A Lancaster bomber and a Spitfire will conduct a flypast
A full-sized replica of a Mark 1 Spitfire is being unveiled in tribute to air cadets killed while training at Grangemouth's former RAF base.
A special ceremony, which will include a flypast by a Hurricane and Lancaster bomber, is being held on Saturday to mark the contribution of the men.
RAF Grangemouth served as a major air centre until 1949 and was where pilots from all over Europe trained.
A memorial garden to those who died will also be opened.
The flypast will be the first time a Spitfire has taken to the skies above Grangemouth since World War II.
The contribution of the hundreds of Polish pilots who developed their skills at the base as members of the 58 Operational Training Unit during the war are being given special significance.
Many who test flew the planes were killed during training as a direct result of the poor condition of the aircraft.
The commemoration has been organised by the 1333 (Grangemouth) Squadron of the Air Training Corps who began a campaign to trace the former cadet's families in 2006.
Commanding officer Tom McMorrow said: "With Grangemouth now hosting a growing Polish community, I just felt that now was the right time to try to do something to commemorate all these brave Polish boys who learnt to fly using Battle of Britain Mk 1 Spitfires.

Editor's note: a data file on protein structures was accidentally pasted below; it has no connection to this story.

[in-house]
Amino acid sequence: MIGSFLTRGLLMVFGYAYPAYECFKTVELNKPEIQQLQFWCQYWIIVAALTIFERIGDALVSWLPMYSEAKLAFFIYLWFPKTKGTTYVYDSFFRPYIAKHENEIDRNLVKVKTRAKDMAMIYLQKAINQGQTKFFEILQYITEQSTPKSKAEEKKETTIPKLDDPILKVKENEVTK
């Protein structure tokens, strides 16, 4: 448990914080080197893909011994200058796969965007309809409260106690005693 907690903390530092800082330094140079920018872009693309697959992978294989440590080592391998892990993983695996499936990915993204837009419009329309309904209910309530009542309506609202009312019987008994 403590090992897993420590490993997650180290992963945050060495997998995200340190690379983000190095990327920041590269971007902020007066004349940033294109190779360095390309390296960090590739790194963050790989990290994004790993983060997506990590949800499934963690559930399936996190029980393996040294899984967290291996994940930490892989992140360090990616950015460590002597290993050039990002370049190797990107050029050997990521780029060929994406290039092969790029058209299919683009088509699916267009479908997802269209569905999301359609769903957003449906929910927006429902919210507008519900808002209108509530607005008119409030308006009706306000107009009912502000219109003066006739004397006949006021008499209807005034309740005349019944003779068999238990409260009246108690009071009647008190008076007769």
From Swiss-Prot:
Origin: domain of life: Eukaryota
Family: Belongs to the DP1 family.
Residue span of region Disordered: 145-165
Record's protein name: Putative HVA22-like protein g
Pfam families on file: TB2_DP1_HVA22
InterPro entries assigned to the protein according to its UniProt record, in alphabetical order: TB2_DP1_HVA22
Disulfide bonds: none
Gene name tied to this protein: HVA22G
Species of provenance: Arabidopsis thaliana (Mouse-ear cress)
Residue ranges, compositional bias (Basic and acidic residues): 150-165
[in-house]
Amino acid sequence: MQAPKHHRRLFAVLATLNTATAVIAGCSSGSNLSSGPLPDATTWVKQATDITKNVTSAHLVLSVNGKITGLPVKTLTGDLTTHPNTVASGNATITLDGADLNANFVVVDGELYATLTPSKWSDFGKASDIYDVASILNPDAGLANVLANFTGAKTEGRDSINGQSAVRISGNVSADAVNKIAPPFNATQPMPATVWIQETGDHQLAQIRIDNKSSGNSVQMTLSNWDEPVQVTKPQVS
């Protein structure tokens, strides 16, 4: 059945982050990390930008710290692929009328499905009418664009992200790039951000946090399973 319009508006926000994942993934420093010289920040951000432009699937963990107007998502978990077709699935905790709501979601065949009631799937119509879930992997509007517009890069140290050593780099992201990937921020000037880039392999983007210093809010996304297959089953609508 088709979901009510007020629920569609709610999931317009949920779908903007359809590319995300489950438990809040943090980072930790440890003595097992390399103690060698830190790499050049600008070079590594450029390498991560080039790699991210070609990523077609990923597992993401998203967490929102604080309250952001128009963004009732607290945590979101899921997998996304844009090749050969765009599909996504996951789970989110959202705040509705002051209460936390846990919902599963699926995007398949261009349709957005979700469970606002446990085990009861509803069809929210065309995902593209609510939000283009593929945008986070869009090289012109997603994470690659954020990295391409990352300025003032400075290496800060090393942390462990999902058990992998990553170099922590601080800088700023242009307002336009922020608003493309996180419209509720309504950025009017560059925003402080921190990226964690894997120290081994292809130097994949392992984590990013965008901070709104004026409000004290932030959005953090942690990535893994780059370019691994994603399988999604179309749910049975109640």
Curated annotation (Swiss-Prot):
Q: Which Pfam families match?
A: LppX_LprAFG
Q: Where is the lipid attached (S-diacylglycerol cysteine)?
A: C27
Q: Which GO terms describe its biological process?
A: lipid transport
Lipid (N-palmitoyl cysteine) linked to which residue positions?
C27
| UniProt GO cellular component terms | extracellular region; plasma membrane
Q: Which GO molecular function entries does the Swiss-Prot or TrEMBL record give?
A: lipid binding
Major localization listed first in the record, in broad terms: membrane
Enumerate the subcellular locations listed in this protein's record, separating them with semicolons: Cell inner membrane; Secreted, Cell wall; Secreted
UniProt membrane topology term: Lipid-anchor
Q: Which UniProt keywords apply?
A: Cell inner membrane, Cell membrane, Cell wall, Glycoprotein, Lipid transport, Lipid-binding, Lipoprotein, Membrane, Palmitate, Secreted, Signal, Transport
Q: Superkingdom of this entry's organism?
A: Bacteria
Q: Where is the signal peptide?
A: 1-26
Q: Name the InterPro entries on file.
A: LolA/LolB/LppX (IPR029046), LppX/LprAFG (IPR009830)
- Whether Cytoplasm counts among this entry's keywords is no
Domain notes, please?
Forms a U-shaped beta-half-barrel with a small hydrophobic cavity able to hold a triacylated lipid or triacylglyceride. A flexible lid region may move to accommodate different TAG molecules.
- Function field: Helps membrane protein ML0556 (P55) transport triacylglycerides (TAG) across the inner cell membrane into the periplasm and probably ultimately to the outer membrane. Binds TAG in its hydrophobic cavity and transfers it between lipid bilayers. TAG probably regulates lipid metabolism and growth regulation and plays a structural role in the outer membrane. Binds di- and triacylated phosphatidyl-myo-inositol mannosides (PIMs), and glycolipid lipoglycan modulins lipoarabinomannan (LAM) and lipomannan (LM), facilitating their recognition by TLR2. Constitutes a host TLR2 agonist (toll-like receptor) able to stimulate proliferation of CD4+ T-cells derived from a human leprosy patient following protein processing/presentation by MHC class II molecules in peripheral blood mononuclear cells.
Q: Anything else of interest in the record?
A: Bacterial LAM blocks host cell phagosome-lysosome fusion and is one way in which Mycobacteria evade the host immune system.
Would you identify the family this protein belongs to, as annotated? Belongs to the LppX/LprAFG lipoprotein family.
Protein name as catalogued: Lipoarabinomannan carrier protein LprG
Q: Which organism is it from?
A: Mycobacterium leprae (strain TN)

"Many of these planes had been badly shot up, one of the reasons that so many were killed in training accidents.
"We were granted a site for the memorial garden on a piece of ground on the perimeter of where the old airfield once stood."
A wall featuring the names of each of the Polish fighter pilots who died at Grangemouth will also be unveiled.
Officer McMorrow added: "Two flag-poles will be raised on Saturday, one with an RAF flag and the other with the Polish flag.
"The plane will bear the distinctive markings and colours of the Polish 303 Squadron, which was the highest scoring foreign squadron in the Battle of Britain."
By late 1939, RAF Grangemouth was used solely as a Battle of Britain satellite airbase, strategically vital for the protection of the Forth Bridge and Rosyth Docks, where many of the Royal Navy fleet were based or repaired.
Polish RAF airmen flying from Grangemouth played a crucial part in the Battle of Britain.
The full-size replica Spitfire being unveiled is an exact copy of an aircraft flown by 58 OTU Sergeant Eugeniusz Tadensy Lukomski.
He was killed in 1941 when his Spitfire came down in Avondale Estate in nearby Polmont.